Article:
In case you missed, it, Part 1 of my writing on vaccines in the US can be found here.
I suppose that, like most other very controversial subjects, it shouldn't surprise me that the vaccine debate tends to get framed as an all or nothing, black and white, choosing sides issue. Whenever we are driven by fear, human beings tend to lose the ability to think rationally and begin to believe that there is a Right and a Wrong answer, and the question of whether or not to vaccinate can certainly be a fearful one.
I do continue to be mystified, however, by people who should know better - public health officials and medical practitioners, for starters - that position vaccines as an all-or-nothing proposition, and here is why:
Vaccines are not all created equal. Accusing me of being "anti-vaccine" because I am concerned about the safety and/or efficacy of some vaccines or the current US vaccination schedule is akin to saying I am "anti-car" because I wouldn't consider driving a Volkswagen but I might choose a Toyota.
- There are a vast array of vaccines available, some of which were created decades ago and some that are fairly recent.
- Some vaccines on the market are multivalent (that is, they are designed to inoculate against more than one disease-causing organism) and others are monovalent (for one organism only).
- Some vaccines were created to work against bacterial disease and others were designed for viruses.
- Some vaccines contain adjuvants (chemicals that are supposed to increase the body's immune response to create stronger immunity) such as aluminum and others do not.
- Some vaccines are designed to be injected once in a person's lifetime and others require multiple boosters in order to maintain a high level of immunity.
- Some vaccines contain inert ingredients derived from animal parts, others from human fetal tissue, and things like MSG (monosodium glutamate).
- Some vaccines have been tested many times over a long period of years on individuals of all ages, genders and races, and others have been "fast-tracked" which means that there was a determination that there was some public health risk that necessitated them getting to market faster, so there hasn't been the same rigorous level of testing.
I could go on, but hopefully it is imminently clear that the vaccines Americans are encouraged to give their children (and have themselves) are very different from one another. Much like buying a car, it is important to do research on each individual vaccine in order to determine a risk/benefit ratio and decide what is comfortable for you. For example, when my daughters' doctor recommended the chickenpox vaccine for them, I researched it as thoroughly as I could and ultimately chose not to have them get those shots because I felt as though the risks outweighed the benefits. Similarly, they have not had the HPV vaccine and I don't foresee either of them getting it anytime soon. (If you're curious about why, you can read this post particular to the Gardasil vaccine. Since I wrote it, there has been a great deal more information published by other people who are critical of both Gardasil and Cervarix that shouldn't be difficult to locate online.)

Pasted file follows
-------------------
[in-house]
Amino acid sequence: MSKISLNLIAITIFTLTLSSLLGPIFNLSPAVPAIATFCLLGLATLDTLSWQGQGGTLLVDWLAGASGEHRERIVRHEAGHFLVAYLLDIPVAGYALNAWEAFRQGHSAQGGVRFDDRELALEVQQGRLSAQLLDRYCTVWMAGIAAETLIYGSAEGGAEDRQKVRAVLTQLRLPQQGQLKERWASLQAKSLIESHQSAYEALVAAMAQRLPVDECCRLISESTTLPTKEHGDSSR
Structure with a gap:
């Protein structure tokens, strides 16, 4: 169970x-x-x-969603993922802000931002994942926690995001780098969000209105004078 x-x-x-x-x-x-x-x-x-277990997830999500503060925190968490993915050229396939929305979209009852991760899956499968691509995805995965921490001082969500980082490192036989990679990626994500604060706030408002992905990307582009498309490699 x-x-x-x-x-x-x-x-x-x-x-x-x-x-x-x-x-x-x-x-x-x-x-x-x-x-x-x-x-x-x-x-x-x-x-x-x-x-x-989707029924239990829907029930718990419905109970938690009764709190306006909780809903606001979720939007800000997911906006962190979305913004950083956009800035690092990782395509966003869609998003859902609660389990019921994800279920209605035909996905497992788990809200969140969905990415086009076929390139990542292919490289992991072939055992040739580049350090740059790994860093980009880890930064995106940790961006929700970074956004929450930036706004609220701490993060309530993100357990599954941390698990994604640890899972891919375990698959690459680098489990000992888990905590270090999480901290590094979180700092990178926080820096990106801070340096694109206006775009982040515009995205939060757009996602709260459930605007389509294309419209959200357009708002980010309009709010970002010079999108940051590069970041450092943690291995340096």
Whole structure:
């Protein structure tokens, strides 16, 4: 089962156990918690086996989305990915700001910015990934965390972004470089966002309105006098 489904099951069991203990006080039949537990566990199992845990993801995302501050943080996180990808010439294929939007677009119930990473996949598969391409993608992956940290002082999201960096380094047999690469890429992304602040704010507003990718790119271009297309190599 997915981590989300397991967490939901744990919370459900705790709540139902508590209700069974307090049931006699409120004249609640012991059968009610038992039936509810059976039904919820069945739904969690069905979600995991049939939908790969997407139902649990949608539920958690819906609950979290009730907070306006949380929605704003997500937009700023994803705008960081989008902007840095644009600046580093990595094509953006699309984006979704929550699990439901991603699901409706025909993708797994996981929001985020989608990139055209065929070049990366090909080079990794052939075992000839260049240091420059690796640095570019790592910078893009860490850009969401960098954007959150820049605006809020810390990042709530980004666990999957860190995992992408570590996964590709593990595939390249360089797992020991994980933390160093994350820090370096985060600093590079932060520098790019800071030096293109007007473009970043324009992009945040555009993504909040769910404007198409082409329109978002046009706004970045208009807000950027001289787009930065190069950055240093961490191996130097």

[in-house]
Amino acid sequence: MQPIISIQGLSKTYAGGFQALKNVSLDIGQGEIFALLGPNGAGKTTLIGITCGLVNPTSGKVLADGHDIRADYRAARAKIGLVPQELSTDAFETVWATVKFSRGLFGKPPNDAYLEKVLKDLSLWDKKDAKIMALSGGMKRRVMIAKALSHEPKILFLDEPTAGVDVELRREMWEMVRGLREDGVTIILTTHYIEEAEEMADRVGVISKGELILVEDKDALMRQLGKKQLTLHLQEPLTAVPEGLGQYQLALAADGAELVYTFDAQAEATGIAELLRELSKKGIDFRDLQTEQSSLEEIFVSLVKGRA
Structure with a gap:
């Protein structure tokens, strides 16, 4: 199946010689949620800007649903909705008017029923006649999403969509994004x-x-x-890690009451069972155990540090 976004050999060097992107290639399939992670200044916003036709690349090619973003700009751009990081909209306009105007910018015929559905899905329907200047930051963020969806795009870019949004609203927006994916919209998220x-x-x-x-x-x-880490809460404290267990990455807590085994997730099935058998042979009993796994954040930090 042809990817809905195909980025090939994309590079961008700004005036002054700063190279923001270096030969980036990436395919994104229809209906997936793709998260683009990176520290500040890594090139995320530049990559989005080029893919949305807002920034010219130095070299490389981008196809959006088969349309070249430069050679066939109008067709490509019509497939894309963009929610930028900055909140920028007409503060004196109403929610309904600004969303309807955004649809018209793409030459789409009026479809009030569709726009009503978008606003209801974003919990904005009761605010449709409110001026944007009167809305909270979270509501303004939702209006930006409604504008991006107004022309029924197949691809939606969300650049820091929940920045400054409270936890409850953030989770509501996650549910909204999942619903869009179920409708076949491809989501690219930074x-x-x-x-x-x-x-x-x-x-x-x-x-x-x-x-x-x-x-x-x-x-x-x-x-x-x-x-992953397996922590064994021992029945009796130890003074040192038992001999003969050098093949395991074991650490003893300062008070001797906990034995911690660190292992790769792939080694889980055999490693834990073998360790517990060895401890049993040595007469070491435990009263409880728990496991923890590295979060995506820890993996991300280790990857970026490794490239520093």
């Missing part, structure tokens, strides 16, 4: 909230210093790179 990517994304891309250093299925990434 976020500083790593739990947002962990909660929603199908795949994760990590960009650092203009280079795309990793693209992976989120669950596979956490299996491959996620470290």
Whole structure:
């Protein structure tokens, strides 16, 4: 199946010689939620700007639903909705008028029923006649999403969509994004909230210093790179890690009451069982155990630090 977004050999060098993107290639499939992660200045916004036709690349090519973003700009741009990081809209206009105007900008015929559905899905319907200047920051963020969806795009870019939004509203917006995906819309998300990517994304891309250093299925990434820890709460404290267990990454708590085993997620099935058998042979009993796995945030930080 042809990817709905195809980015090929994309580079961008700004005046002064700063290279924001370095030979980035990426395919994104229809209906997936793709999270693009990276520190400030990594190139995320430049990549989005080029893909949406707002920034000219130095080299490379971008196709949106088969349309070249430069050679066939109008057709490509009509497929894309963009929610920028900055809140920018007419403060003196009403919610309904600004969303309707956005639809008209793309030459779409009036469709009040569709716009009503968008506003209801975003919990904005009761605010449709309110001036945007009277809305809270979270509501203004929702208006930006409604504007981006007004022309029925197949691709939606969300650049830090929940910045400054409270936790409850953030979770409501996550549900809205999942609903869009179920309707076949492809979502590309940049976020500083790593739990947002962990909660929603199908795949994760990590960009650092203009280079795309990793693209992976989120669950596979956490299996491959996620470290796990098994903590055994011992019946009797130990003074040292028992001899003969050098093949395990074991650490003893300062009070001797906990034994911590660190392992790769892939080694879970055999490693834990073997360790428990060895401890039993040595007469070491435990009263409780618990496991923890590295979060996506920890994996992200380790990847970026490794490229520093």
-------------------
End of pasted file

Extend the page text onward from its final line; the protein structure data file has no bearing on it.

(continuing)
Please don't think that I am under the impression that doing research on the safety and efficacy of individual vaccines is a simple endeavor. I am fully aware that it is not, and I know how lucky I am to have both the time and the educational background to locate, digest, and mostly understand the data. Many, many people are unable to do what I have done, and the system is unfortunately not set up to support any kind of patient education regarding vaccines or any other pharmaceutical, for that matter. Many vaccines are available through drugstores and grocery stores in America, which makes it a challenge to have an in-depth conversation with the provider regarding risks and possible complications. Even if you go to a physician for vaccines, many of them aren't as well-informed about the individual attributes of each vaccine as they could be, and a great deal of them are unwilling to have a candid conversation about the ingredients of individual vaccines. In a perfect world, the person who is recommending that you inject your child with something would have looked at the studies done on that drug to determine whether or not it is a good idea, but the amount of information is incredibly huge. The doctors I've met are content relying on the word of the CDC that vaccines are safe, but because these drugs are created and sold by massive corporations who may or may not be interested in the greater good of public health, but who are nevertheless incentivized to create a product that they can bring to market quickly that will produce enormous profits for their shareholders. In turn, these corporations use that money to lobby lawmakers who wield a great deal of power over government agencies responsible for determining whether these vaccines are safe and effective and when they get to go to market, as well as recommending where in the vaccine schedule they ought to be placed. There is a very clear conflict of interest for many physicians and scientists working on vaccines who are being paid by large pharmaceutical companies to create new vaccines. And, in many states, regular family physicians are paid by the state to give patients vaccines, so the more children they inoculate, the more they are rewarded.
Ultimately, this issue is much more nuanced than many of us would like to believe, and because it is so complicated, we often fail to have productive conversations about it. In my heart of hearts, I believe that we are all striving for a country with healthy children, but if we are going to get there, it will, at some point, mean that we sit down together without fear or anger or labels and get everything out on the table with that singular goal in mind.